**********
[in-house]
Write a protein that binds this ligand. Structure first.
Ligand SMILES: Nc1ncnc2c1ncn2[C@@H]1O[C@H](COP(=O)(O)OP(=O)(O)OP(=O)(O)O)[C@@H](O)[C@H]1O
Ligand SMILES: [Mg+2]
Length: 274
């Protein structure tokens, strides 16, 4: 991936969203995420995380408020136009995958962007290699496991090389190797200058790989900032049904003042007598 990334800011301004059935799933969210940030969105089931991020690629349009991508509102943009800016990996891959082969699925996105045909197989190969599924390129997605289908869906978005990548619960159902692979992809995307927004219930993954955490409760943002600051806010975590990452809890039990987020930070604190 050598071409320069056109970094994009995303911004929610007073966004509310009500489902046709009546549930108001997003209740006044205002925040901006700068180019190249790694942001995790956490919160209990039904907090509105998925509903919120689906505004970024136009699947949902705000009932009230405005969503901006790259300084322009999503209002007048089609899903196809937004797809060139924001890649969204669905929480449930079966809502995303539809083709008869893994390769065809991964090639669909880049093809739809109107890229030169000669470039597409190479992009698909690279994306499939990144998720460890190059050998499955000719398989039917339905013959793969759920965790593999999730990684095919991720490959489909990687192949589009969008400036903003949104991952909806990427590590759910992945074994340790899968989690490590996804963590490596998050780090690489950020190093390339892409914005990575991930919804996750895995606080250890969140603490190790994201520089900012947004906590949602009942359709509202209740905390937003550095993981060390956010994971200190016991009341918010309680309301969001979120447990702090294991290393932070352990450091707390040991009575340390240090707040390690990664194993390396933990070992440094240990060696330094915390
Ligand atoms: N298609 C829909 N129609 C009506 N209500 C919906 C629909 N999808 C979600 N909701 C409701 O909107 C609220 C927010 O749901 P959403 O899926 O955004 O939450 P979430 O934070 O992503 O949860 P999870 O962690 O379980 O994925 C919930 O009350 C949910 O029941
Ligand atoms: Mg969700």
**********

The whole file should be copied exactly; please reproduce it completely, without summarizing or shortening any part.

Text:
[in-house]
Write a protein that binds this ligand. Structure first.
Ligand SMILES: Nc1ncnc2c1ncn2[C@@H]1O[C@H](COP(=O)(O)OP(=O)(O)OP(=O)(O)O)[C@@H](O)[C@H]1O
Ligand SMILES: [Mg+2]
Length: 274
């Protein structure tokens, strides 16, 4: 991936969203995420995380408020136009995958962007290699496991090389190797200058790989900032049904003042007598 990334800011301004059935799933969210940030969105089931991020690629349009991508509102943009800016990996891959082969699925996105045909197989190969599924390129997605289908869906978005990548619960159902692979992809995307927004219930993954955490409760943002600051806010975590990452809890039990987020930070604190 050598071409320069056109970094994009995303911004929610007073966004509310009500489902046709009546549930108001997003209740006044205002925040901006700068180019190249790694942001995790956490919160209990039904907090509105998925509903919120689906505004970024136009699947949902705000009932009230405005969503901006790259300084322009999503209002007048089609899903196809937004797809060139924001890649969204669905929480449930079966809502995303539809083709008869893994390769065809991964090639669909880049093809739809109107890229030169000669470039597409190479992009698909690279994306499939990144998720460890190059050998499955000719398989039917339905013959793969759920965790593999999730990684095919991720490959489909990687192949589009969008400036903003949104991952909806990427590590759910992945074994340790899968989690490590996804963590490596998050780090690489950020190093390339892409914005990575991930919804996750895995606080250890969140603490190790994201520089900012947004906590949602009942359709509202209740905390937003550095993981060390956010994971200190016991009341918010309680309301969001979120447990702090294991290393932070352990450091707390040991009575340390240090707040390690990664194993390396933990070992440094240990060696330094915390
Ligand atoms: N298609 C829909 N129609 C009506 N209500 C919906 C629909 N999808 C979600 N909701 C409701 O909107 C609220 C927010 O749901 P959403 O899926 O955004 O939450 P979430 O934070 O992503 O949860 P999870 O962690 O379980 O994925 C919930 O009350 C949910 O029941
Ligand atoms: Mg969700």